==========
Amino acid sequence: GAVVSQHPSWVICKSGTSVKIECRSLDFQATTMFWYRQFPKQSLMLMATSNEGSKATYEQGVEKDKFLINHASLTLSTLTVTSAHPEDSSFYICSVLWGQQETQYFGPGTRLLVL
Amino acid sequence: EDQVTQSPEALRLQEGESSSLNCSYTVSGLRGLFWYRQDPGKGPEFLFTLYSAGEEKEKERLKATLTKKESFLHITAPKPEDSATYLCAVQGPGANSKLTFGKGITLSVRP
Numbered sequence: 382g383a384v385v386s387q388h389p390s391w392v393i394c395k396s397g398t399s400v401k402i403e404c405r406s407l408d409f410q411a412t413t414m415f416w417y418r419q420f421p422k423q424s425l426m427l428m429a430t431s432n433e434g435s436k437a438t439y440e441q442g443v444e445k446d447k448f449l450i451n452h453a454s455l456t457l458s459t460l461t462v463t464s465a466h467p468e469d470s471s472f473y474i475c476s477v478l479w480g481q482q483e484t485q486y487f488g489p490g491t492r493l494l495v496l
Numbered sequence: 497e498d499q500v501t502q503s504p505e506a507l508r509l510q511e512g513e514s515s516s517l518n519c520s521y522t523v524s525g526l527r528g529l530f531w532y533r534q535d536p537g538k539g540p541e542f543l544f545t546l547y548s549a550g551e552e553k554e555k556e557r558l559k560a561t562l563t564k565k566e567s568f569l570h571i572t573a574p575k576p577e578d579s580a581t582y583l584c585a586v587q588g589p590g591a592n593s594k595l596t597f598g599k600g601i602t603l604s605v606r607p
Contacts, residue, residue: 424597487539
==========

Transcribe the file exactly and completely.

Amino acid sequence: GAVVSQHPSWVICKSGTSVKIECRSLDFQATTMFWYRQFPKQSLMLMATSNEGSKATYEQGVEKDKFLINHASLTLSTLTVTSAHPEDSSFYICSVLWGQQETQYFGPGTRLLVL
Amino acid sequence: EDQVTQSPEALRLQEGESSSLNCSYTVSGLRGLFWYRQDPGKGPEFLFTLYSAGEEKEKERLKATLTKKESFLHITAPKPEDSATYLCAVQGPGANSKLTFGKGITLSVRP
Numbered sequence: 382g383a384v385v386s387q388h389p390s391w392v393i394c395k396s397g398t399s400v401k402i403e404c405r406s407l408d409f410q411a412t413t414m415f416w417y418r419q420f421p422k423q424s425l426m427l428m429a430t431s432n433e434g435s436k437a438t439y440e441q442g443v444e445k446d447k448f449l450i451n452h453a454s455l456t457l458s459t460l461t462v463t464s465a466h467p468e469d470s471s472f473y474i475c476s477v478l479w480g481q482q483e484t485q486y487f488g489p490g491t492r493l494l495v496l
Numbered sequence: 497e498d499q500v501t502q503s504p505e506a507l508r509l510q511e512g513e514s515s516s517l518n519c520s521y522t523v524s525g526l527r528g529l530f531w532y533r534q535d536p537g538k539g540p541e542f543l544f545t546l547y548s549a550g551e552e553k554e555k556e557r558l559k560a561t562l563t564k565k566e567s568f569l570h571i572t573a574p575k576p577e578d579s580a581t582y583l584c585a586v587q588g589p590g591a592n593s594k595l596t597f598g599k600g601i602t603l604s605v606r607p
Contacts, residue, residue: 424597487539